Bob Lawson, one of the top track athletes in Aberdeen High School history, died unexpectedly recently at his home in Ocean Shores.
A nationally ranked decathlete who narrowly missed making the United States Olympic team in 1956, the 1954 Aberdeen High grad remained active in sports well into his mid-70s. He was a perennial gold medalist in several events at the Washington State Senior Games.
A strong case can be made that Lawson, a charter member of the Aberdeen High Hall of Fame, was the greatest of all Bobcat tracksters.
“I’d rate him No. 1,” former longtime AHS track coach Don Churchill said.
A five-time state high school champion (winning three titles in the high jump and two in the hurdles) under the tutelage of Coach Al Bivens, Lawson was the high-point man at two successive state meets. He led Bobcats to a state runner-up finish in 1954 and established school records in six events.
He was also a football and basketball standout at Aberdeen. A two-way all-conference performer in football, he played in the all-state all-star game and kicked the extra point that gave his team a 7-7 tie.
A starter on Aberdeen’s state runner-up basketball team in 1953 (he earned second team all-state tournament recognition), Lawson was the club’s leading scorer and rebounder as a senior.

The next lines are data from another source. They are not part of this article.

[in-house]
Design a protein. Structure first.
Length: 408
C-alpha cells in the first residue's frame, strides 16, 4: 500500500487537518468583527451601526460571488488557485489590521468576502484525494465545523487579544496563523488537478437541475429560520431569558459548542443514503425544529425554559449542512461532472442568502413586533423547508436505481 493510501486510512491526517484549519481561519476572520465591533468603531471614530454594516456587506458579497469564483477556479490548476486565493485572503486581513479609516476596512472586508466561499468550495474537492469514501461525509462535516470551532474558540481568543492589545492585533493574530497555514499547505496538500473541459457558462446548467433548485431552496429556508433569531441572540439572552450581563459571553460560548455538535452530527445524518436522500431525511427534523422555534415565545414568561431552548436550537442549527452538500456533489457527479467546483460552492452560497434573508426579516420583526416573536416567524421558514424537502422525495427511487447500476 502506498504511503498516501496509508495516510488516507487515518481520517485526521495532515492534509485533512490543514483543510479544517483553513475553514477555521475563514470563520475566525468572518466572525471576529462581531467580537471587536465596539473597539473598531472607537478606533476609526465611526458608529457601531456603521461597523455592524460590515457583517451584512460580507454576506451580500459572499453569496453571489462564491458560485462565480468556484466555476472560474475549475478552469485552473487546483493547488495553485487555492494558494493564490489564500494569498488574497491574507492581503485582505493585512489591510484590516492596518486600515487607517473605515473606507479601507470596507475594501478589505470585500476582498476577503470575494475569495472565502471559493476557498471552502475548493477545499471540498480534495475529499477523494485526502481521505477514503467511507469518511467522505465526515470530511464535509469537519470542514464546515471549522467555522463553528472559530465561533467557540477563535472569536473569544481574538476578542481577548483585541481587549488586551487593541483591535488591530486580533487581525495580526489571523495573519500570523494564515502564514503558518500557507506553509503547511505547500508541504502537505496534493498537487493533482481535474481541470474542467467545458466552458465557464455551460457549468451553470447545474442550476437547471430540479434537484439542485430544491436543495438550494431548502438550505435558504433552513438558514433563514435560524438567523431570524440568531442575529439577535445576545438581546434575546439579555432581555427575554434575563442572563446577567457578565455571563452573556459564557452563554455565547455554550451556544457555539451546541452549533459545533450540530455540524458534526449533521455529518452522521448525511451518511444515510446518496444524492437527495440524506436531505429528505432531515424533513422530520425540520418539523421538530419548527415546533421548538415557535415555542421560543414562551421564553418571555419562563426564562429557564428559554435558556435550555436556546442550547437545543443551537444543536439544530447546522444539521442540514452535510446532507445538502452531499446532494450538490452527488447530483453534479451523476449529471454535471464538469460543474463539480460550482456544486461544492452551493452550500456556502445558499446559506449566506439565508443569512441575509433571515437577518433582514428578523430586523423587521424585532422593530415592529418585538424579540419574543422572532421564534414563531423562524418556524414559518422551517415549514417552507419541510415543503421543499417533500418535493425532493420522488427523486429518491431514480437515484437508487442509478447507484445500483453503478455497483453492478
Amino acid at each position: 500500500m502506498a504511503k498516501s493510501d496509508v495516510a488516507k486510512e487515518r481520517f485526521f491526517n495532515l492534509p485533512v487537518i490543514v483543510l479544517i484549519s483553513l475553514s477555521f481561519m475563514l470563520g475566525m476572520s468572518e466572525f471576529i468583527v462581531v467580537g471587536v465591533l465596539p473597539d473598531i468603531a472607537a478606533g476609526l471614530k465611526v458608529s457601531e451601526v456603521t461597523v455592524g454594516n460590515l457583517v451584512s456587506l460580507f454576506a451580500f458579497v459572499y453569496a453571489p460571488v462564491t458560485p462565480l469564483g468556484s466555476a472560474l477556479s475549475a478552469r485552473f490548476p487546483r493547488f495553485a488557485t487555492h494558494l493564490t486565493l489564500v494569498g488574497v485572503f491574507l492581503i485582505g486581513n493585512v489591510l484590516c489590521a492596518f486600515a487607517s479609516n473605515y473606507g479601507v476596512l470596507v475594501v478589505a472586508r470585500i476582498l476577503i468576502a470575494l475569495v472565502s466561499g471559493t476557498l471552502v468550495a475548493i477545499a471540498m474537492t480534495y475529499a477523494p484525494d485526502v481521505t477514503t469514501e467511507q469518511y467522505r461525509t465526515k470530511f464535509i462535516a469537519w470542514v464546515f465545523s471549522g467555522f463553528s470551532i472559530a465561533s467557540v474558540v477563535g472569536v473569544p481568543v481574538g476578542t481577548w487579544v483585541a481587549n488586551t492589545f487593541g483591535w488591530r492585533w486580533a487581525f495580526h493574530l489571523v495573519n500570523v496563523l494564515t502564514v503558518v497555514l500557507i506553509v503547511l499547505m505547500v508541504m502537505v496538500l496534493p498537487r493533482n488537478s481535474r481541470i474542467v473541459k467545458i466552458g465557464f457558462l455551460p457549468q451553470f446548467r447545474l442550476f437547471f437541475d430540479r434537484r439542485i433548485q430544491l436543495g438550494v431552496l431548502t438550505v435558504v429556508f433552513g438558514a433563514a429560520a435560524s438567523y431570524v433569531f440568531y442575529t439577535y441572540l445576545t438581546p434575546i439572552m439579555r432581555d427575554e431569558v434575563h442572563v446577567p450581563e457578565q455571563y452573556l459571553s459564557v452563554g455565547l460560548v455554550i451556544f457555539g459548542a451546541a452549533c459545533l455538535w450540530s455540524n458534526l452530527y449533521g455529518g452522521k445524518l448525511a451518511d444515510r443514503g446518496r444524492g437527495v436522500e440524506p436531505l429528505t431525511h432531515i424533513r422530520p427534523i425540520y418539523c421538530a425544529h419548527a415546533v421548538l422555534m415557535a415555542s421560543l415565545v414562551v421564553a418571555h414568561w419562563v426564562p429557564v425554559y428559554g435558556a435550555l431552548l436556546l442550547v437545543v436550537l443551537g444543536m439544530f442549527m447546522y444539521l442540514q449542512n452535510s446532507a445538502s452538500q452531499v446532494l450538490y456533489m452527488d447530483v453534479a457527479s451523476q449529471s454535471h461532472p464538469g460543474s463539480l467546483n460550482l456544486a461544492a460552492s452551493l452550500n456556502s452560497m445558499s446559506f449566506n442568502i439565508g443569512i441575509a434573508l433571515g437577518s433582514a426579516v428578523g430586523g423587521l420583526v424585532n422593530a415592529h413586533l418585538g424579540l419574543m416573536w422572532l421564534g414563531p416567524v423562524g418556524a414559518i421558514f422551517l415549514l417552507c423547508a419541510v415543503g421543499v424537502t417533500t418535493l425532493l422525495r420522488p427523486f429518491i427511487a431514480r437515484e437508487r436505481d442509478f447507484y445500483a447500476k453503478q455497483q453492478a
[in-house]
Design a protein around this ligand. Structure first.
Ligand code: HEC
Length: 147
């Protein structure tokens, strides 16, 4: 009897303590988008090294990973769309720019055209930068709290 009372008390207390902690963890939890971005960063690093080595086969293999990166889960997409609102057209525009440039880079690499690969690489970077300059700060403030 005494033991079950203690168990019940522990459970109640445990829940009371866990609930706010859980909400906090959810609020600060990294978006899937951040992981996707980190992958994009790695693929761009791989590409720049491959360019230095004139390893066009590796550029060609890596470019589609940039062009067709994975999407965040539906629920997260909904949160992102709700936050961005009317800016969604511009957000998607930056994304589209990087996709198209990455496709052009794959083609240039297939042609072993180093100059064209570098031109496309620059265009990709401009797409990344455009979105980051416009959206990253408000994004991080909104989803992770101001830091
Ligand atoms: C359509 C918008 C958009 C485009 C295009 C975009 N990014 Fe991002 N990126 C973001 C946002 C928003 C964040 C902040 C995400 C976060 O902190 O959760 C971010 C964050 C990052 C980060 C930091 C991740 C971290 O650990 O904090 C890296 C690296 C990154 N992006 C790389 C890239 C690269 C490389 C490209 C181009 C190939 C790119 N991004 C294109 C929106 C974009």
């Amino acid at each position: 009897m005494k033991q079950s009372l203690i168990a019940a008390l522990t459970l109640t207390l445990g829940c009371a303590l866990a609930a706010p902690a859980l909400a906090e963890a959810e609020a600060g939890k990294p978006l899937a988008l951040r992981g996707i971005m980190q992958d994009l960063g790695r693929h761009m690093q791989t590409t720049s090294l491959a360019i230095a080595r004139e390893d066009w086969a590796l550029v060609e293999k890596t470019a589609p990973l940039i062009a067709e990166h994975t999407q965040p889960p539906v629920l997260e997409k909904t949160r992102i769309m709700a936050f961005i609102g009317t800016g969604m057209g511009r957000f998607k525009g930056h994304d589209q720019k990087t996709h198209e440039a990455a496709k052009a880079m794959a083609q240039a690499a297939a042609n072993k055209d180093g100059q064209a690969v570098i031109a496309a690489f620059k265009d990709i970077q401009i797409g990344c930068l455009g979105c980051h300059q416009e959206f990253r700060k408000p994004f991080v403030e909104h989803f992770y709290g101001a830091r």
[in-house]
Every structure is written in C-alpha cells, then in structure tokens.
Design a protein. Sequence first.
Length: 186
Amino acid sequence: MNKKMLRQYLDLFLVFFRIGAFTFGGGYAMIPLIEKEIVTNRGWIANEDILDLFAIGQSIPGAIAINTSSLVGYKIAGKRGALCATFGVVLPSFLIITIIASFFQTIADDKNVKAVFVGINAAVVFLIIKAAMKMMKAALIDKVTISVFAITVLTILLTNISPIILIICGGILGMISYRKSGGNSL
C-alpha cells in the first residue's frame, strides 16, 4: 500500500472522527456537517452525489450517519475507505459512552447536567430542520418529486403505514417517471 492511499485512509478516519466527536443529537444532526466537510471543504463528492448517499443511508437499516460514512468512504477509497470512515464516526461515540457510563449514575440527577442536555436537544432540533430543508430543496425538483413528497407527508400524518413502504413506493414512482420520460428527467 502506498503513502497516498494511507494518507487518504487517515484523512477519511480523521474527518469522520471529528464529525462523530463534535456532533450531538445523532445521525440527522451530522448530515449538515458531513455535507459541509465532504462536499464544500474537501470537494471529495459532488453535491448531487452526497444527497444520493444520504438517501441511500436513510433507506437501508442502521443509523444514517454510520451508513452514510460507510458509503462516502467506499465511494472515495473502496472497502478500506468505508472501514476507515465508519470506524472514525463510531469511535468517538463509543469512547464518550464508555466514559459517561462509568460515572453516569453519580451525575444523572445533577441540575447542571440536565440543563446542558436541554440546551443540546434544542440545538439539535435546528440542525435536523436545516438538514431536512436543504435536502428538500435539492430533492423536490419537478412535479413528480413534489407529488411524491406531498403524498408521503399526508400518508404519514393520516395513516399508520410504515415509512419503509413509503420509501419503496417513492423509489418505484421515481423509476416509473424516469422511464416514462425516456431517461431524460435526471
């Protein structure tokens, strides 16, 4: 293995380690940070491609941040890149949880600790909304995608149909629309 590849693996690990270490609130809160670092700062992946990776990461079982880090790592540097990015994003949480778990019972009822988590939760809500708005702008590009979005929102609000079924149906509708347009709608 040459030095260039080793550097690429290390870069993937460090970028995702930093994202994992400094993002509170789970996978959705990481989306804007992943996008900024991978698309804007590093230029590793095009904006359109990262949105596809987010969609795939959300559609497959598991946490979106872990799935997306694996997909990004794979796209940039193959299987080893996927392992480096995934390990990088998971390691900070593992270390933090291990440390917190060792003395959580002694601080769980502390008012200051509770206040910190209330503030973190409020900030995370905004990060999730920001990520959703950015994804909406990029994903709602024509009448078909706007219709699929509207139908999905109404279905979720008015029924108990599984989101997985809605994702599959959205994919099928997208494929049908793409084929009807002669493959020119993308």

Lawson went on to star in track at USC, twice winning Pacific Coast Conference championships in the 120-yard high hurdles and finishing as high as fourth in that event in the 1958 NCAA meet.
He became prominent in the decathlon while still in college. Lawson was second in the AAU nationals in 1955. His fourth- place finish the following year was one spot shy of earning an appearance in the 1956 Olympics in Melbourne, Australia.
Lawson was beaten out for the third and final Olympic slot by the Rev. Bob Richards, better known as a pole vaulter (and later a commercial spokesman for a breakfast cereal).
Richards, who had already qualified in the pole vault (in which he won the gold medal), initially said he would withdraw from the decathlon — a decision that would have given Lawson the final Olympic berth— but subsequently changed his mind and competed in both events at Melbourne. The other two American decathletes that year were 1956 gold medalist Milt Campbell and Rafer Johnson, who won the event four years later.
Lawson also finished as high as second in the AAU pentathlon.
After spending many years as a coach and fitness trainer, Lawson moved to Ocean Shores from Oregon more than a decade ago. While he traveled extensively, he was also a regular spectator at Aberdeen High sporting events.
“I grew to like him a lot,” said Churchill. “He’d do anything for anybody.”
Lawson was a member of the first induction class in Aberdeen High School’s Hall of Fame in 1998. He frequently attended Hall of Fame meetings in recent years to support the candidacy of other athletes from his era.
Funeral arrangements have not yet been announced.